The Mentoring & Advocacy Support Hub (M.A.S.H), previously known as the Peer Support Programme, was initially developed as part of the Time to Change 300 Voices Project to support young African and Caribbean men with lived experience of mental health problems in Birmingham to build resilience and confidence to aid recovery.
This was expected to involve relevant training and ongoing support to enable network members to support each other’s mental wellbeing. In addition, the work would establish links and relationships with local organisations where support and relevant contributions could be brokered to support the men involved in the project.
The programme model was developed with reference to Mind’s objective in its 2012–2016 strategy, which stated, “Everyone in England and Wales with mental health problems [should be able to] access peer support by 2016”.
Following the end of Phase 2 of the 300 Voices Project, The Peer Support Programme secured funding from the Police and Crime Commissioners Office for a further year to March 2017.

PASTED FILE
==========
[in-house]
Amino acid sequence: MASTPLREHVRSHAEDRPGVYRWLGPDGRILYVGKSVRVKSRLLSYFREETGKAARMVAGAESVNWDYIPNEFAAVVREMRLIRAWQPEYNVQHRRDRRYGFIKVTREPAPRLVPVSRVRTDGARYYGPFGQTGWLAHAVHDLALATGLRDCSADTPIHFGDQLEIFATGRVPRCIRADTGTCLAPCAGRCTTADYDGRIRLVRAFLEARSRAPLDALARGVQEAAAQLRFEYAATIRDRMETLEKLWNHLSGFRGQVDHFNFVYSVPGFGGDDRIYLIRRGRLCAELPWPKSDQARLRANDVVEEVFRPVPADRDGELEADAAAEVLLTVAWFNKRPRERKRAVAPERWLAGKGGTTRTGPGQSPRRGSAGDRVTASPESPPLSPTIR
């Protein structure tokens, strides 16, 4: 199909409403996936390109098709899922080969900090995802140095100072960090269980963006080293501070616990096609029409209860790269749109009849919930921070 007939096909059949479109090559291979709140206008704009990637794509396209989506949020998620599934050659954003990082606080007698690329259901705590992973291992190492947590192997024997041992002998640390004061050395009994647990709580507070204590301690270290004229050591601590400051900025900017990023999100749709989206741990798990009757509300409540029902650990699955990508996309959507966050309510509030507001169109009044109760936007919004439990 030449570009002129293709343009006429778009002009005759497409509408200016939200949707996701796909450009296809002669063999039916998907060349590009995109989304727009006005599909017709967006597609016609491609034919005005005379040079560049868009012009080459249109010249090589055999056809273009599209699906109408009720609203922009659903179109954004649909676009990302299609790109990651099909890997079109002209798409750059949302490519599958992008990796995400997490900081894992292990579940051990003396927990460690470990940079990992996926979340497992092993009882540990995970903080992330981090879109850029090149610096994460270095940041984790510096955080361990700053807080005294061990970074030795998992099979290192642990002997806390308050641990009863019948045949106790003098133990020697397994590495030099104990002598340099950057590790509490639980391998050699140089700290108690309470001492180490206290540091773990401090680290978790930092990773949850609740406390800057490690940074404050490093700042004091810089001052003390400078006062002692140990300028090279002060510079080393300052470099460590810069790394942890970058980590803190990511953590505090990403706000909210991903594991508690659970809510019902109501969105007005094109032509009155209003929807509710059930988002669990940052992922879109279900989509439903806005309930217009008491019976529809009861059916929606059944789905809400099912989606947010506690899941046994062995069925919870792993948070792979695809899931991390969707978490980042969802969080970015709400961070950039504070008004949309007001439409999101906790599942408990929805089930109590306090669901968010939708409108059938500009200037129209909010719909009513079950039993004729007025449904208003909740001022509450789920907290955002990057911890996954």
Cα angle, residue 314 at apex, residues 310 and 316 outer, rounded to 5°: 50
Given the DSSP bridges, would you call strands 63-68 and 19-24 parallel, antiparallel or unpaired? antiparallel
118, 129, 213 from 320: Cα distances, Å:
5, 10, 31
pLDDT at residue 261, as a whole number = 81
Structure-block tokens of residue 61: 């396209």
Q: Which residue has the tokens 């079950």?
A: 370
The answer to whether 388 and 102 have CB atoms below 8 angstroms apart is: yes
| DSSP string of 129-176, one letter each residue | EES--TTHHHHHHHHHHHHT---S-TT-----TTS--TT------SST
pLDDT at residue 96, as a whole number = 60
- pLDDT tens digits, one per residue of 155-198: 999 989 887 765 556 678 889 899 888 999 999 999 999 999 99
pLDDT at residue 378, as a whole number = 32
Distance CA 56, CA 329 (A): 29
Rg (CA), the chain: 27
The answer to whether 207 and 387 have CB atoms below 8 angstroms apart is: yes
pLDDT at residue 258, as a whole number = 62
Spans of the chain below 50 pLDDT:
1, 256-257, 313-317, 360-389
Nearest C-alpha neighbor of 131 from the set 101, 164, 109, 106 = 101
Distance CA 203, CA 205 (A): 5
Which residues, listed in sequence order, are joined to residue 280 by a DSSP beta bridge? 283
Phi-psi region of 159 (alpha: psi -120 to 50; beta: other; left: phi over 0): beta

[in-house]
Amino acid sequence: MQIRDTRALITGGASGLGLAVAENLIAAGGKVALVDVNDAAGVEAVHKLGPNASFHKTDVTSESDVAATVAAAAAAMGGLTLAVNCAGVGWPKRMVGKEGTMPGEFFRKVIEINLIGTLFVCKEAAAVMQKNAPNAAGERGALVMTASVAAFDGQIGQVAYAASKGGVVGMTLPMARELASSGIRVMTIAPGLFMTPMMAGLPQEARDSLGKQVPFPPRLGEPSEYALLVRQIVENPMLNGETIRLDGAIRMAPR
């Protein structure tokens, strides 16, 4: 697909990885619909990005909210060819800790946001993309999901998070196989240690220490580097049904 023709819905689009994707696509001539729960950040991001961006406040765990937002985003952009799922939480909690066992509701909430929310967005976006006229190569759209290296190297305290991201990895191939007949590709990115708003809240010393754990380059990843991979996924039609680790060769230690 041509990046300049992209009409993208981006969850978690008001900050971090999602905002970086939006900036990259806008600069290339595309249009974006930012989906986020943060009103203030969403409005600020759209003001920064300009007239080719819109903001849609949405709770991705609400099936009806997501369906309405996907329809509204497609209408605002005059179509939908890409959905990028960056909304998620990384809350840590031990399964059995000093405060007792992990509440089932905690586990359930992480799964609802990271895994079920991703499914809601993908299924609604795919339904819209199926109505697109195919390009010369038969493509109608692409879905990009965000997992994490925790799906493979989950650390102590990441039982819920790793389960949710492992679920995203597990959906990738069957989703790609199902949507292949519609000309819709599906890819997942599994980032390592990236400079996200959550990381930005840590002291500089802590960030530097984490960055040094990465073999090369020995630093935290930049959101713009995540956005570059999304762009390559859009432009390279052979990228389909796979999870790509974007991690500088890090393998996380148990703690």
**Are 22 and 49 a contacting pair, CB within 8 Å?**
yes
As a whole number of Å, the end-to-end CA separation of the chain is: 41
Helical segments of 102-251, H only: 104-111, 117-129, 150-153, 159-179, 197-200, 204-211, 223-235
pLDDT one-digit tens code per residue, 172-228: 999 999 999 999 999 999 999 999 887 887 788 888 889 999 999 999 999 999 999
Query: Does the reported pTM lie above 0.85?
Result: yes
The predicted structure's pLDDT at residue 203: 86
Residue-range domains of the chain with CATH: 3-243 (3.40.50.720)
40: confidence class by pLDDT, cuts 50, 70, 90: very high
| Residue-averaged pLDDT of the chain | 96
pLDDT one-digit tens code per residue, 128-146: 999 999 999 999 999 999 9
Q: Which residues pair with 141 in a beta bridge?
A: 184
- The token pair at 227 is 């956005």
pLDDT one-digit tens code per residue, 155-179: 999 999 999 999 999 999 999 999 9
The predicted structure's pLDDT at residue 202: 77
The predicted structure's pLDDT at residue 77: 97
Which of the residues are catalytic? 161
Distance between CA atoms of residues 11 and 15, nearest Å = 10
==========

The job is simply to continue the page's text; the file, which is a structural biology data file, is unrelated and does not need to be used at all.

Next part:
The projects remit has now been extended to support African and Caribbean women as well as men with lived experience and the age-range now covers any participant of working age.
This new phase is a partnership between Mind and Birmingham & Solihull Mental Health Foundation Trust (BSMHFT), working collaboratively with West Midlands Police (WMP), Birmingham City Council (BCC) and community organisations.
Ultimately the participants of this programme will develop greater resilience and the ability to function within society despite their ongoing mental health support needs.
Additionally, Birmingham and Solihull Mental Health Foundation NHS Trust has undertaken significant work around peer support and as a key partner of 300 Voices, believes the continued development of the peer mentoring element of this work should remain a priority in improving people’s experience whilst using services, alongside building their social capital and resilience and their improved interface with police officers and mental health workers.